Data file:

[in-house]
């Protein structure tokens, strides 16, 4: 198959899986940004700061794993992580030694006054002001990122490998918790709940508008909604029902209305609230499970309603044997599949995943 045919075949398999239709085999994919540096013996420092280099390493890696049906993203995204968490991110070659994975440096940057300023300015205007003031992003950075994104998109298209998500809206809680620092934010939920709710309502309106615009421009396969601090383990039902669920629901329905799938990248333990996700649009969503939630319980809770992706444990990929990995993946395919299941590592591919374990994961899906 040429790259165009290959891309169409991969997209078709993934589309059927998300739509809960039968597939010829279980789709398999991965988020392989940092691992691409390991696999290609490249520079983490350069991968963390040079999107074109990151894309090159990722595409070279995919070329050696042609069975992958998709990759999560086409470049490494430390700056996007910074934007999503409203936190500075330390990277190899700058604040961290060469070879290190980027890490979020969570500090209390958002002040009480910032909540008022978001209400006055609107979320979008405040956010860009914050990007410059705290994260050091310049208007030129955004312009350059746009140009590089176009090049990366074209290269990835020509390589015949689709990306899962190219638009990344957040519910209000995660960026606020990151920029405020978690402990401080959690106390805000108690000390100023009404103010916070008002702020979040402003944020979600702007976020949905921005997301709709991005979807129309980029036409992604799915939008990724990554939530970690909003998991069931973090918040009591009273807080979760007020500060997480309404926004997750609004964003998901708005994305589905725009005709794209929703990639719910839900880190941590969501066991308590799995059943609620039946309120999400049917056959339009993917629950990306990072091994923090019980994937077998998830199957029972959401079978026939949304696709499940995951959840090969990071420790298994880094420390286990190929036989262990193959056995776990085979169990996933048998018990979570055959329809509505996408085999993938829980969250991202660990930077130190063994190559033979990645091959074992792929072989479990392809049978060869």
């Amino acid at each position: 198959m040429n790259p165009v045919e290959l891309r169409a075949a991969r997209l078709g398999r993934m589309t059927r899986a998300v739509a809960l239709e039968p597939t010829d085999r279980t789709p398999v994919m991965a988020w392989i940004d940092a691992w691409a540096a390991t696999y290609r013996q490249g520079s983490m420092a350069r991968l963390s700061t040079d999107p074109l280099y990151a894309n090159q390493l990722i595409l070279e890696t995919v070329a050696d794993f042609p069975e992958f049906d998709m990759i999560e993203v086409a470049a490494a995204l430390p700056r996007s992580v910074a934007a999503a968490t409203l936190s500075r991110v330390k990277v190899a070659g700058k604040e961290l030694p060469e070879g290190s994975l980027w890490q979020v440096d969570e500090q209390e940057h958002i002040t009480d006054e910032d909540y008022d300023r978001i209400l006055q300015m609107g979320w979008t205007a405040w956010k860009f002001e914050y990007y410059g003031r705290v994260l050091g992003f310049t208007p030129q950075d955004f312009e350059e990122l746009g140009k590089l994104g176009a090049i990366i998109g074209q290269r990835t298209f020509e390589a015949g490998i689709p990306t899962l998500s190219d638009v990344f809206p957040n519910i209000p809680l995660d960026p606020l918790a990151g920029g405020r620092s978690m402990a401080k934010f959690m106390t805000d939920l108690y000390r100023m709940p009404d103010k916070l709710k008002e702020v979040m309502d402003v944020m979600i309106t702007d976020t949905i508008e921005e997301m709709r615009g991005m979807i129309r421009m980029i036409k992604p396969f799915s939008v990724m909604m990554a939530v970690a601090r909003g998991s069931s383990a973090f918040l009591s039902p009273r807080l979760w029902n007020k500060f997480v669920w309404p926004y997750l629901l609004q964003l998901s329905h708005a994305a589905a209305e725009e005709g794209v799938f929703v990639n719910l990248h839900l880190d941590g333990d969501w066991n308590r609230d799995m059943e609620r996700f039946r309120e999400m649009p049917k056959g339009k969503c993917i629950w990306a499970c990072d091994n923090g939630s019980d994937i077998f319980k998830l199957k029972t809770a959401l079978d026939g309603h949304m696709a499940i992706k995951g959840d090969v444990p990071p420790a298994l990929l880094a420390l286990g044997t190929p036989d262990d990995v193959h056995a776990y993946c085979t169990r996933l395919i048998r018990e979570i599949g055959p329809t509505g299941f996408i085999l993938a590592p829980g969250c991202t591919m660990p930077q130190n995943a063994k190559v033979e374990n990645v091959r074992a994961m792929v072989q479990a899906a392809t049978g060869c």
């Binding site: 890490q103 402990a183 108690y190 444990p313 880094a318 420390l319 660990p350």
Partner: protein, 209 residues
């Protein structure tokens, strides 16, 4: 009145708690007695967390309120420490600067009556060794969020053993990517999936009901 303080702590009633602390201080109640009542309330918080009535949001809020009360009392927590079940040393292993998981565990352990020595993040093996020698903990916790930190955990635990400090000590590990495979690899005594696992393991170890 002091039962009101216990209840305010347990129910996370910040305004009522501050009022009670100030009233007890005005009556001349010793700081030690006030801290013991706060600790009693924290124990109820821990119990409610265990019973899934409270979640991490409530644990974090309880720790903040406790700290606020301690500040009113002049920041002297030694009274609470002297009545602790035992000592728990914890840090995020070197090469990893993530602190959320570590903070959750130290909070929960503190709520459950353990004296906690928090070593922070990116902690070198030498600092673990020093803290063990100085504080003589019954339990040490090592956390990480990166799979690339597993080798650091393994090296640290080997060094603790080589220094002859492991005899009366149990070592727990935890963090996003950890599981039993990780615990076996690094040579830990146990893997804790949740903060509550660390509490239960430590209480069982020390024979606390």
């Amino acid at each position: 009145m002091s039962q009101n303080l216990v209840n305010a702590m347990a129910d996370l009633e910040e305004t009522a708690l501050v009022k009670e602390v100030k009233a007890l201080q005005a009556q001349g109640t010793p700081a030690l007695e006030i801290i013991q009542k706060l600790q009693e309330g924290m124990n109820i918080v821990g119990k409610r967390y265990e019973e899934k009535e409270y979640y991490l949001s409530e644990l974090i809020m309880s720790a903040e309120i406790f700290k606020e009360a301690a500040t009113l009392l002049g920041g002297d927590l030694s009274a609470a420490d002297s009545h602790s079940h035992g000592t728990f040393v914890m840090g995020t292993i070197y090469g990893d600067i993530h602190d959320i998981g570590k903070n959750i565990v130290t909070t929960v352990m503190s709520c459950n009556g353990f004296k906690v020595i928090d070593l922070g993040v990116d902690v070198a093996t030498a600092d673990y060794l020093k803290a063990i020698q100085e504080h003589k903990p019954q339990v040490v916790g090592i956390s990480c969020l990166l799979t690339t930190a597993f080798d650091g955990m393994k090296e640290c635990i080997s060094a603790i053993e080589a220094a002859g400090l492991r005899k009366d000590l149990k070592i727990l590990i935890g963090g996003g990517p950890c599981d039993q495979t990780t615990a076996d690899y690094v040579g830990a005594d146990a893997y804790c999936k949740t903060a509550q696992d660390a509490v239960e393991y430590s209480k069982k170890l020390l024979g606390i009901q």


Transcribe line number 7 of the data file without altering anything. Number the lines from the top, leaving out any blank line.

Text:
């Amino acid at each position: 009145m002091s039962q009101n303080l216990v209840n305010a702590m347990a129910d996370l009633e910040e305004t009522a708690l501050v009022k009670e602390v100030k009233a007890l201080q005005a009556q001349g109640t010793p700081a030690l007695e006030i801290i013991q009542k706060l600790q009693e309330g924290m124990n109820i918080v821990g119990k409610r967390y265990e019973e899934k009535e409270y979640y991490l949001s409530e644990l974090i809020m309880s720790a903040e309120i406790f700290k606020e009360a301690a500040t009113l009392l002049g920041g002297d927590l030694s009274a609470a420490d002297s009545h602790s079940h035992g000592t728990f040393v914890m840090g995020t292993i070197y090469g990893d600067i993530h602190d959320i998981g570590k903070n959750i565990v130290t909070t929960v352990m503190s709520c459950n009556g353990f004296k906690v020595i928090d070593l922070g993040v990116d902690v070198a093996t030498a600092d673990y060794l020093k803290a063990i020698q100085e504080h003589k903990p019954q339990v040490v916790g090592i956390s990480c969020l990166l799979t690339t930190a597993f080798d650091g955990m393994k090296e640290c635990i080997s060094a603790i053993e080589a220094a002859g400090l492991r005899k009366d000590l149990k070592i727990l590990i935890g963090g996003g990517p950890c599981d039993q495979t990780t615990a076996d690899y690094v040579g830990a005594d146990a893997y804790c999936k949740t903060a509550q696992d660390a509490v239960e393991y430590s209480k069982k170890l020390l024979g606390i009901q």